The Biden administration on Tuesday was blocked from enforcing two mandates requiring millions of U.S. workers to be vaccinated against COVID-19, an important part of its strategy to control the spread of coronavirus.
U.S. District Judge Terry Doughty of Monroe, Louisiana, temporarily blocked the Centers for Medicare & Medicaid Services (CMS) from enforcing their health care vaccine mandate until the court can resolve legal challenges.
Doughty’s decision applied nationwide, except in 10 states where the CMS was already prevented from enforcing the rule due to a prior order from a federal judge in St. Louis. Louis.
Doughty said the CMS lacked the authority to issue a vaccine mandate that would require more than 2 million unvaccinated health workers to get a coronavirus shot.
“There is no doubt that the mandate for a vaccine for 10.3 million health workers is something that should be done by Congress, not a government body,” Doughty wrote.
Separately, U.S. District Judge Gregory Van Tatenhove of Frankfort, Kentucky, blocked the administration from enforcing a regulation requiring new government contracts to include clauses requiring contractors’ employees to be vaccinated.
The contractor’s decision applied in the three states that had brought the case, Kentucky, Ohio and Tennessee, one of at least 13 legal challenges nationwide against the regulation. This appears to be the first ruling against the contractor’s vaccine mandate.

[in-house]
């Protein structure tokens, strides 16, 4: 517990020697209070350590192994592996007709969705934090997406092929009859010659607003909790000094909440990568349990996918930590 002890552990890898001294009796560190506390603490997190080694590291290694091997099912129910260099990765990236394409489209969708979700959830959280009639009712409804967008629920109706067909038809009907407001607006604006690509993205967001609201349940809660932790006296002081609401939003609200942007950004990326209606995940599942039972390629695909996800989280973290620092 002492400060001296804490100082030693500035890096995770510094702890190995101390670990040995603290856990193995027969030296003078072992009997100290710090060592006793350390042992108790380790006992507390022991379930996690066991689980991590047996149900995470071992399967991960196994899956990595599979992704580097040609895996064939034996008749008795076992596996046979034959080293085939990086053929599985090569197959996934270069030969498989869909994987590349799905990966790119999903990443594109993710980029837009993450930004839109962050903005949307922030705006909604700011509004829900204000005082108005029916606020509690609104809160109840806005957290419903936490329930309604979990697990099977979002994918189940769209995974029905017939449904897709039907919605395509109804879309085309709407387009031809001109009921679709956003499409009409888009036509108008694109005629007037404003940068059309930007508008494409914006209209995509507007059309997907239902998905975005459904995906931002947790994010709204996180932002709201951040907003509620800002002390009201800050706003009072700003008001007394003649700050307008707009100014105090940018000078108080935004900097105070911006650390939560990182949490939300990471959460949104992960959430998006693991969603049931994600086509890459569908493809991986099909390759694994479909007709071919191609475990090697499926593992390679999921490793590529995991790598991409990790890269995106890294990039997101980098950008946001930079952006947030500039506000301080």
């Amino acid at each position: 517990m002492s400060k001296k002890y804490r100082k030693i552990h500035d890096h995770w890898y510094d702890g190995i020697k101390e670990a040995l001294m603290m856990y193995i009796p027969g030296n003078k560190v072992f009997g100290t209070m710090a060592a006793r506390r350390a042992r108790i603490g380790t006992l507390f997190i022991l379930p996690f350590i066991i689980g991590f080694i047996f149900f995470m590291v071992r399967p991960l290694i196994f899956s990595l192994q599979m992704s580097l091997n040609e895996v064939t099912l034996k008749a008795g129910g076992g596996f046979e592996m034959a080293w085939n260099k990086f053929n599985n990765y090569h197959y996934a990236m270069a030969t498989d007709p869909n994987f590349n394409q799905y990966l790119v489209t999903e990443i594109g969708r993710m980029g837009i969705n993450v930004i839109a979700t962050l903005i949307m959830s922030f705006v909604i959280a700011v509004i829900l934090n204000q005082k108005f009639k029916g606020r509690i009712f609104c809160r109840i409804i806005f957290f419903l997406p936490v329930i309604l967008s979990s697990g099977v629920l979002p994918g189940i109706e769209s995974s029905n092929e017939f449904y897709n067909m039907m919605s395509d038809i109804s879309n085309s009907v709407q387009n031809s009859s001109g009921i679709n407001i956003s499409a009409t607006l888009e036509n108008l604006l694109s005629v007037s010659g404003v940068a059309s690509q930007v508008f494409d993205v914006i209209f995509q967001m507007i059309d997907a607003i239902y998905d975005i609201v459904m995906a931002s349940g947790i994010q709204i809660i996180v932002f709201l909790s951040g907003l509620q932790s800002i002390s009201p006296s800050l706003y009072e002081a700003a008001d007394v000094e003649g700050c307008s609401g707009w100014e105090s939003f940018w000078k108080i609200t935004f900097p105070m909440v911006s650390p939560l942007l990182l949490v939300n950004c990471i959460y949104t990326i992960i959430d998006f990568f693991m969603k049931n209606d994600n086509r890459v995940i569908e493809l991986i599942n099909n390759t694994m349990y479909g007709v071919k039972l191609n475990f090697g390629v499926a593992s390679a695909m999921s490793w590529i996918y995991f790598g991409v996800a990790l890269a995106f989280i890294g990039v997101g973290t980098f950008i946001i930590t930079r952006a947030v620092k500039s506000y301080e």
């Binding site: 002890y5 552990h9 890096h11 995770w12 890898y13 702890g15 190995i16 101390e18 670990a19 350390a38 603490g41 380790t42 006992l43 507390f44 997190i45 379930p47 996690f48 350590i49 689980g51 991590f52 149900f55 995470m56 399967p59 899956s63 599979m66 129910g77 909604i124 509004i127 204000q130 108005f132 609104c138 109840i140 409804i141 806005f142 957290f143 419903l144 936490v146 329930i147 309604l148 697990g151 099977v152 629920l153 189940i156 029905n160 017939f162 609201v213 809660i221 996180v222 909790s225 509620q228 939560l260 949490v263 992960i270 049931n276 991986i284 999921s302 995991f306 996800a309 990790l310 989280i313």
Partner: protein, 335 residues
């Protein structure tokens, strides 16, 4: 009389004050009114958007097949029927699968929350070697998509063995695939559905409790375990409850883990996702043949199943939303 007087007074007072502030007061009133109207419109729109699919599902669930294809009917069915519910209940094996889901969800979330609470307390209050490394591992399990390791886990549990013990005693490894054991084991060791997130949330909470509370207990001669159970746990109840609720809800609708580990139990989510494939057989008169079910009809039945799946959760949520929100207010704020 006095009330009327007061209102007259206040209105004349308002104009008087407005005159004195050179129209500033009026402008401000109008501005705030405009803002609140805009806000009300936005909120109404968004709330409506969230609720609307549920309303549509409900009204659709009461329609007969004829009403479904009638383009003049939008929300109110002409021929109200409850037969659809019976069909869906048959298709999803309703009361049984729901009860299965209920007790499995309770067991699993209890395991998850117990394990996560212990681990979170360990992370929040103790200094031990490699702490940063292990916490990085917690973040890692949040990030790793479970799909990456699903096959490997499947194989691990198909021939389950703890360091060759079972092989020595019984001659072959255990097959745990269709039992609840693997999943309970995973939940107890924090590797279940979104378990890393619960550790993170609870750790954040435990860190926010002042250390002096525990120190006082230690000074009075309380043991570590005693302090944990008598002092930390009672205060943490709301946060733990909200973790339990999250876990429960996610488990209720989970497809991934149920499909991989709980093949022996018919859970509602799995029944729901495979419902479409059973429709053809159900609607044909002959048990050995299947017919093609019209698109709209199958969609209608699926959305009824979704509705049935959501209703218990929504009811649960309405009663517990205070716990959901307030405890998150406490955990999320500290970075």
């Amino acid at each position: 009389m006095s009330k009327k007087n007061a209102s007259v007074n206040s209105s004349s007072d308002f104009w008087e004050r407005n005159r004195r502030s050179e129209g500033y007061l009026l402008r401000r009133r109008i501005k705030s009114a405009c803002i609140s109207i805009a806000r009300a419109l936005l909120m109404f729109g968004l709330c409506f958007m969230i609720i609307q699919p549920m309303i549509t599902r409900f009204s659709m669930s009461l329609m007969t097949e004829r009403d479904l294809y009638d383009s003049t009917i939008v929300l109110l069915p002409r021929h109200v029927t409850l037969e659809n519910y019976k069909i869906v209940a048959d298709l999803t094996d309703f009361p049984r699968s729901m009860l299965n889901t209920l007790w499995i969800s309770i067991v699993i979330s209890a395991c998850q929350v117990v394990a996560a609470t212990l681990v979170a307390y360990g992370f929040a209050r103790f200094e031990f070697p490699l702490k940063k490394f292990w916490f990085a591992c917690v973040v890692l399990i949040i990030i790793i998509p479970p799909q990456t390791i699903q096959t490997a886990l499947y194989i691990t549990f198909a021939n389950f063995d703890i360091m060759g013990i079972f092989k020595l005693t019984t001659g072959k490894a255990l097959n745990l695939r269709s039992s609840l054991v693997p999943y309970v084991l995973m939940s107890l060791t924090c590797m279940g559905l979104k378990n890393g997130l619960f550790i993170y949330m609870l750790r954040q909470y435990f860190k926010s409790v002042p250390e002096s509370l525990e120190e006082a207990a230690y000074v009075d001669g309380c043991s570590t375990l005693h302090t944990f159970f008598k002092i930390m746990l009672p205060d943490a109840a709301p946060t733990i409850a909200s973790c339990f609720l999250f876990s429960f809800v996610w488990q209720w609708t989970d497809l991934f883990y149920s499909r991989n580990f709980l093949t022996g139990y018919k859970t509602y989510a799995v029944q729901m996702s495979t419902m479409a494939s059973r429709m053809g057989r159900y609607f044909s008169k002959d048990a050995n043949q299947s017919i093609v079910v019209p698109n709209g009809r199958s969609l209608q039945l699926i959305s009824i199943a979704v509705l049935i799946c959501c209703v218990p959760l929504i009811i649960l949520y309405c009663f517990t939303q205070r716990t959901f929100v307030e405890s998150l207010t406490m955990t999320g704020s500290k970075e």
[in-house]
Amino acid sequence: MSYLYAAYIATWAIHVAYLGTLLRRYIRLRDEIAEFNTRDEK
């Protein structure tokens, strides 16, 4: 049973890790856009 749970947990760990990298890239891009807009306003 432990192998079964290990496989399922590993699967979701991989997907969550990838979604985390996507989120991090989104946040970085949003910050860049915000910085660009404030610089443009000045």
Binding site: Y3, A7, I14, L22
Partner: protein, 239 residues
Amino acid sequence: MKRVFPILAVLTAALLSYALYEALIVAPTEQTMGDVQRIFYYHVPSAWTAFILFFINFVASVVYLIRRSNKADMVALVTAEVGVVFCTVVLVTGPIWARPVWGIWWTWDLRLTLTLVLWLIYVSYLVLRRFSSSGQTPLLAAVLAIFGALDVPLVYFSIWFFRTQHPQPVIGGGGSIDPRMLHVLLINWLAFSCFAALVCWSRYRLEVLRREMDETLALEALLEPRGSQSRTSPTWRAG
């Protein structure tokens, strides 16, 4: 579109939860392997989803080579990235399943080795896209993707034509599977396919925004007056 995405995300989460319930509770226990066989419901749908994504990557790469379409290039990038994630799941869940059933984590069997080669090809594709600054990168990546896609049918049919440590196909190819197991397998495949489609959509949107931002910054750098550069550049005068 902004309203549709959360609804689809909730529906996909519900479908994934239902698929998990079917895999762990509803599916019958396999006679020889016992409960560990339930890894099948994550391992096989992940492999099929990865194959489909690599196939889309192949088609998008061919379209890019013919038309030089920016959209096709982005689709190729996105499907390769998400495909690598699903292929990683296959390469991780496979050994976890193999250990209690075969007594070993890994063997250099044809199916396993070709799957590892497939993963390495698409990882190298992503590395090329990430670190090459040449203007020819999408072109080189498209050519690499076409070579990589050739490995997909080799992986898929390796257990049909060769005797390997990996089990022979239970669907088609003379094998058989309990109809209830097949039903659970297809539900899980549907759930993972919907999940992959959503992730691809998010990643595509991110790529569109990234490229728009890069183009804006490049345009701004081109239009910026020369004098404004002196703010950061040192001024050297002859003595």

The White House declined to comment.
The legal setbacks for President Joe Biden’s vaccine policy come as concerns that the Omicron coronavirus variant could trigger a new wave of infections and limit travel and economic activity across the globe.
Biden revealed rules in September to increase the U.S. adult vaccination rate beyond the current 71% as a way to fight the pandemic that has killed more than 750,000 Americans and weighed on the economy.
Republican state attorneys, conservative groups and trade unions have sued to stop the rules.
Tuesday’s rulings add a number of court losses for the Biden administration over its COVID-19 policies.
The most pervasive regulation, a mandate for vaccine or on-the-job testing for companies with at least 100 employees, was temporarily blocked by a federal appeals court in early November.
In August, the U.S. Supreme Court ended the administration’s pandemic-related federal moratorium on housing evictions.
(Reporting by Tom Hals in Wilmington, Delaware; Additional reporting by Nandita Bose in Washington; Editing by Jonathan Oatis and Peter Cooney)
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